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The "Outer Bevel" feature provides a different sort of 3-D frame effects. It is quite a complex tool with many parameters that interact with one another, but it is also very interactive. There are a number of presets that come with it, but it is fun to play with. In this case we will be putting a frame around a group of mimes on their way to a performance in a Dallas Texas park.


"Canvas Size" menu item.
First we must expand the canvas size to make room for the shadow. Under the "Image" menu, select "Canvas Size".
Change Canvas Size

We are going to put the outer beveled frame all the way around the image, so we need some space in which to do it.

I have a 320 x 249 pixel image and as you can see on the left, I added 40 pixels to make the width 360 and the height 289.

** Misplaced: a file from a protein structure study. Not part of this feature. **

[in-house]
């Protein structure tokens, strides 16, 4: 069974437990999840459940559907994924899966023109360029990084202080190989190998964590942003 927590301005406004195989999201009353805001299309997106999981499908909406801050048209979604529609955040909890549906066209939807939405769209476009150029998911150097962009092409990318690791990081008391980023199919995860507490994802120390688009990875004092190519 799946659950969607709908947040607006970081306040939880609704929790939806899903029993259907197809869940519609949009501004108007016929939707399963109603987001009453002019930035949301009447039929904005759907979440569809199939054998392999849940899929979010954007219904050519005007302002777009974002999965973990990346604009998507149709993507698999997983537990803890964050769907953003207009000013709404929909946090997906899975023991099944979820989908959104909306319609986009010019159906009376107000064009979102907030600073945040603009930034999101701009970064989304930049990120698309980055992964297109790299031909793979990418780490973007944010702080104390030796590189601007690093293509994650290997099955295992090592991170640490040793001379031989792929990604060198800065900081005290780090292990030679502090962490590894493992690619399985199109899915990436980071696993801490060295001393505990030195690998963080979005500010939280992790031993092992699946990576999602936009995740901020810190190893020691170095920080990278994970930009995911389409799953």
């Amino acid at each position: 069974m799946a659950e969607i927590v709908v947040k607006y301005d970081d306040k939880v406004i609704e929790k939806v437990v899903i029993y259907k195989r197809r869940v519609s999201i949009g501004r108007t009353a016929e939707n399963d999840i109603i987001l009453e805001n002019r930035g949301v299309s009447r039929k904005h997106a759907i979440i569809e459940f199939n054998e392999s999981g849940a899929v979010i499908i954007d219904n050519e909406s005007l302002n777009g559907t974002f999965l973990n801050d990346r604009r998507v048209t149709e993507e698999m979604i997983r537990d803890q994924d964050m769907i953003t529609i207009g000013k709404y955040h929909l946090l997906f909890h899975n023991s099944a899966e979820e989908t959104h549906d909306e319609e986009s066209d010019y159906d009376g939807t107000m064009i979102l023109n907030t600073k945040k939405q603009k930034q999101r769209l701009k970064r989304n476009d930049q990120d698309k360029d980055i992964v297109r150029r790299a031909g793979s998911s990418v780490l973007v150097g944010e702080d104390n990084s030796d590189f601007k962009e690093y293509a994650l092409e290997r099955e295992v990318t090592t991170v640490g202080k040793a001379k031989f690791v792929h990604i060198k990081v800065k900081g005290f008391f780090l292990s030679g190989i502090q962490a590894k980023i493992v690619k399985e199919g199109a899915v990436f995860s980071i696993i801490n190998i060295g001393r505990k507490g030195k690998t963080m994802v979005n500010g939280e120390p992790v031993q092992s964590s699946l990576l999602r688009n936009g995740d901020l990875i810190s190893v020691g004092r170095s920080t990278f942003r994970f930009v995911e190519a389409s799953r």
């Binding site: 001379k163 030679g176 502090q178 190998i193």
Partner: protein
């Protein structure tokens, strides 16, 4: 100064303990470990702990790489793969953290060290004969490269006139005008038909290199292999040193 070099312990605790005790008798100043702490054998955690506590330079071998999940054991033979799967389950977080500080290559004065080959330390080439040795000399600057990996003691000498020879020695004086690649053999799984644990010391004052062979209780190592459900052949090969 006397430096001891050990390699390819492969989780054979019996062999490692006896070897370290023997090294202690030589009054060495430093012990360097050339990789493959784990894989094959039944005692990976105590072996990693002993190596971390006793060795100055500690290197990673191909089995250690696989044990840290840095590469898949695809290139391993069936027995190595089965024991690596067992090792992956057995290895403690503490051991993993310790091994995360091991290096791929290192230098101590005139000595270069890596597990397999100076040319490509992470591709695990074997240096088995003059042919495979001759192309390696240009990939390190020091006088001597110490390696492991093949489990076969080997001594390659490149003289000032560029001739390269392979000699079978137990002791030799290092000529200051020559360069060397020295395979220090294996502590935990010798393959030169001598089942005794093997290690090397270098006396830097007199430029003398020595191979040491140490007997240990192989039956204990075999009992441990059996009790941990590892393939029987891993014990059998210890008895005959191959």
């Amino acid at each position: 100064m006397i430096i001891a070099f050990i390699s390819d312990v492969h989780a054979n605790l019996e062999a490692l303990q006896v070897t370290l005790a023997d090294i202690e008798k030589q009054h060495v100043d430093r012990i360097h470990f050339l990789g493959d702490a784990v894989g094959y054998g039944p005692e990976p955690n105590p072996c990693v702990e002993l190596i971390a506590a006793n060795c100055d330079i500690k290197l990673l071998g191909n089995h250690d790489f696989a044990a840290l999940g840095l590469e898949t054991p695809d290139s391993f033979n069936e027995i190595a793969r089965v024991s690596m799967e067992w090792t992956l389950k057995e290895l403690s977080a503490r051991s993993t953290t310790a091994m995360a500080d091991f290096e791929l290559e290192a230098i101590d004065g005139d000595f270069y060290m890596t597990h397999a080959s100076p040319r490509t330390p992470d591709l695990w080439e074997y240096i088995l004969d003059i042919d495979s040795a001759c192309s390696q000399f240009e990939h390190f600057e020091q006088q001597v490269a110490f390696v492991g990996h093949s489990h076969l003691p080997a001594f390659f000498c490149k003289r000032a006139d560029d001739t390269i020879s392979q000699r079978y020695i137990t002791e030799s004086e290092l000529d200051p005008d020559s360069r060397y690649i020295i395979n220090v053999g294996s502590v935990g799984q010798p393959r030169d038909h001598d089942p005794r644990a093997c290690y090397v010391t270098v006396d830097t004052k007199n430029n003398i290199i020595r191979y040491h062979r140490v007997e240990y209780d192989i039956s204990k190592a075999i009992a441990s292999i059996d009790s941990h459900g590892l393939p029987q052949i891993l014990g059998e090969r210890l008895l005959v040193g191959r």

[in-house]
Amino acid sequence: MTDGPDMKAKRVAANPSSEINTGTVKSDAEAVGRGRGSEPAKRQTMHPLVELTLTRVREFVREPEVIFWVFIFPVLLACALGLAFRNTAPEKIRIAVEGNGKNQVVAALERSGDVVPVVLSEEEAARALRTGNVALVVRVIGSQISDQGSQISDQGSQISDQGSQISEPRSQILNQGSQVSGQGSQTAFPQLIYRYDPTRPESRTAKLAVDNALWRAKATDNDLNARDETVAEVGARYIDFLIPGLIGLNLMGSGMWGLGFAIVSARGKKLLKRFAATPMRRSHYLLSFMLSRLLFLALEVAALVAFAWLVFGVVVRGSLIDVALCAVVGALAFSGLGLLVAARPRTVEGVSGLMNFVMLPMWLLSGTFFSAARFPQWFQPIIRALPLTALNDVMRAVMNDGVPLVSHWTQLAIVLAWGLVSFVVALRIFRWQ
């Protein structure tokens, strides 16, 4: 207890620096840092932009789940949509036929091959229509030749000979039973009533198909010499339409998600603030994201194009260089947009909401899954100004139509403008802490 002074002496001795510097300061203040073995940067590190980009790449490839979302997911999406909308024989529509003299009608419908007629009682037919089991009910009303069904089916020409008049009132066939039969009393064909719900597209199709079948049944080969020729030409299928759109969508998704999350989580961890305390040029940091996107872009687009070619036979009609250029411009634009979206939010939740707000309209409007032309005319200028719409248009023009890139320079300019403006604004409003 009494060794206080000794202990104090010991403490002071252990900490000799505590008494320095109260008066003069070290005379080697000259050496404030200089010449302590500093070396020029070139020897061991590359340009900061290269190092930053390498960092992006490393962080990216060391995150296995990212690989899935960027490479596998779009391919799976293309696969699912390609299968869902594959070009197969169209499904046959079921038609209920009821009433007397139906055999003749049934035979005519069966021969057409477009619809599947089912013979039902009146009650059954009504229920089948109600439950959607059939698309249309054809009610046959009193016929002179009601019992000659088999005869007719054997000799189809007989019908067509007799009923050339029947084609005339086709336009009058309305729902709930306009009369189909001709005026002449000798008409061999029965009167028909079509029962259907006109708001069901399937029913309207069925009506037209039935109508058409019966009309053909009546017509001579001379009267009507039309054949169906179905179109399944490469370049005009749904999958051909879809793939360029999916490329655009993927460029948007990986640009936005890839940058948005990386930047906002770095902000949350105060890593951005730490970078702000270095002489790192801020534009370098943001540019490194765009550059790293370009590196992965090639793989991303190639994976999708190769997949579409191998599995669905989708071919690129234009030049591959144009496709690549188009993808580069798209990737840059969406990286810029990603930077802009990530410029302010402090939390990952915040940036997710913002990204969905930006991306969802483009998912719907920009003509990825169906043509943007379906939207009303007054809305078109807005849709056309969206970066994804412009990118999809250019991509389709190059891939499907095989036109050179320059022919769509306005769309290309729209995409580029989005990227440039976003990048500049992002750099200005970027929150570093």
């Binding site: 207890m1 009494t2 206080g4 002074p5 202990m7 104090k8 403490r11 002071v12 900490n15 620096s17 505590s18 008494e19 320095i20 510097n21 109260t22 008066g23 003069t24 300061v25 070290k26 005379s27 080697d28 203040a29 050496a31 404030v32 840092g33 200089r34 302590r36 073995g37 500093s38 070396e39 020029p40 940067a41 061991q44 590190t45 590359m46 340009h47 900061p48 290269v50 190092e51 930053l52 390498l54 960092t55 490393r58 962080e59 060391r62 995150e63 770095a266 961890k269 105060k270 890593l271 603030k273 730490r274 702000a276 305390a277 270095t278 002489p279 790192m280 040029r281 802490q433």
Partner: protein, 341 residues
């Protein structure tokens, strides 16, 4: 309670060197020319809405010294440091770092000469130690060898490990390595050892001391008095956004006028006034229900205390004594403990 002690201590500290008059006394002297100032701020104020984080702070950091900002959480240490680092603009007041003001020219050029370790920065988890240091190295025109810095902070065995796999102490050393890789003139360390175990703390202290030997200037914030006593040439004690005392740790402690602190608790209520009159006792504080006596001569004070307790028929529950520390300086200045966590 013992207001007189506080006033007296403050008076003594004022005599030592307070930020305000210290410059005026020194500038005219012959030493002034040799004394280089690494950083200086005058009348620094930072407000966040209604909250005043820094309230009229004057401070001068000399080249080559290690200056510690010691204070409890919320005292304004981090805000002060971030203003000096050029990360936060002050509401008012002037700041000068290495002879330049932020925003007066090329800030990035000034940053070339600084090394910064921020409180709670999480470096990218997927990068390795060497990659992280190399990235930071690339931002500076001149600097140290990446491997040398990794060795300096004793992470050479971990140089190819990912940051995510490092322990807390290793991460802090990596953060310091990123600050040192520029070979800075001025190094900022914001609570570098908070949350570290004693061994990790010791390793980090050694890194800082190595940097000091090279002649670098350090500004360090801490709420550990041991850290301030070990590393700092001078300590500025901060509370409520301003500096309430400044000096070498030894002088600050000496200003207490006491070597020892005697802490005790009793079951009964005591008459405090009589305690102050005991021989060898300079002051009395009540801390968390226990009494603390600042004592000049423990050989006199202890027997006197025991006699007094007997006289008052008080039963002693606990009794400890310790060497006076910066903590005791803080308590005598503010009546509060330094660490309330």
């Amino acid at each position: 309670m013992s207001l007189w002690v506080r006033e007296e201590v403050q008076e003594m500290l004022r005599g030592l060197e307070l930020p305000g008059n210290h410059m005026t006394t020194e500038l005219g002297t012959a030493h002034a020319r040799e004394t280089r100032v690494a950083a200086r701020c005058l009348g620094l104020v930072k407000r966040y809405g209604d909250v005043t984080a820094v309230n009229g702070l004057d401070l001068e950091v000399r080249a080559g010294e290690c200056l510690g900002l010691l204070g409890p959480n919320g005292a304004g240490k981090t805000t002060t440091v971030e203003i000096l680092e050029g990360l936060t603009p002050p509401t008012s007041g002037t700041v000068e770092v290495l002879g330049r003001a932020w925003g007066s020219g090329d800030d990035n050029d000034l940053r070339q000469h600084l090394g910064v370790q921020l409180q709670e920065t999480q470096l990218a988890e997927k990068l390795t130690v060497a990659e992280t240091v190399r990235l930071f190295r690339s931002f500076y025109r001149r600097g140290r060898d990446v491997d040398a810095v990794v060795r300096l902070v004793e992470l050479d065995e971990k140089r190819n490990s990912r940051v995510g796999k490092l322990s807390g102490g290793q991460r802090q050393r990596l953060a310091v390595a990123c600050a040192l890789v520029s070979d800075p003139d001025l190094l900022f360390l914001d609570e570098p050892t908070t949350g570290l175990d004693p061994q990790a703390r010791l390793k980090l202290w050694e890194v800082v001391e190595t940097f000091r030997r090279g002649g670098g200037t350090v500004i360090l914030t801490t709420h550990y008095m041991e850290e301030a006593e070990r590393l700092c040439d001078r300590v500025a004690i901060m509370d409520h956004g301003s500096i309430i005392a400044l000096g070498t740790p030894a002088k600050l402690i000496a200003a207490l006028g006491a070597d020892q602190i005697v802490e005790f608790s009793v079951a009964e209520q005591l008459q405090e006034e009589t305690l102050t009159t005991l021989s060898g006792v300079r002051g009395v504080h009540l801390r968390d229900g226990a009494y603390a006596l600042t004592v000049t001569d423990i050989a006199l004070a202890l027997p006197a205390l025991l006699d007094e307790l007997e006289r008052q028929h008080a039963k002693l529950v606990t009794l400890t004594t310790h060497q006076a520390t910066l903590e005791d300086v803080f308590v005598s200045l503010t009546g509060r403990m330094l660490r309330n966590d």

In this case I check the boxes to center the image both horizontally and vertically.

"Outer Bevel" menu item.
"Outer Bevel" is on a sub-menu off the "Effects" -> "3-D Effects" menu.
"Tool Options" - "Brightness"
"Mimes" with border selected.
Select the "Magic Wand" tool, set the "Tool Options" for a "Match mode" of "Brightness", with a "Tolerance" of zero and no "Feather".

Now there is a 20 pixel area of white all around the image.

Click somewhere in the white area to select it.

Like the drop shadow, we invert the selection this time. The selection could also be made with the rectangular Selection marquee.

"Outer Bevel" control window.

This window both complex and interactive. Play with the controls until you get a result you like.

A lot of gloss was not needed with white on white so set the "Shininess" to 32. I wanted a complex frame so I selected the double half-round shape under "Bevel".

"Ambience" sets the overall lightness. I found 10 was about right. "Intensity" sets the level of brightness of the shine, which includes the picture itself. Settings can be saved.

"Mimes" with outer bevel frame.

And here we have the final result.

While it works, I find it the least effective and least interesting of the four effects illustrated here.


© Larry Bolch 2002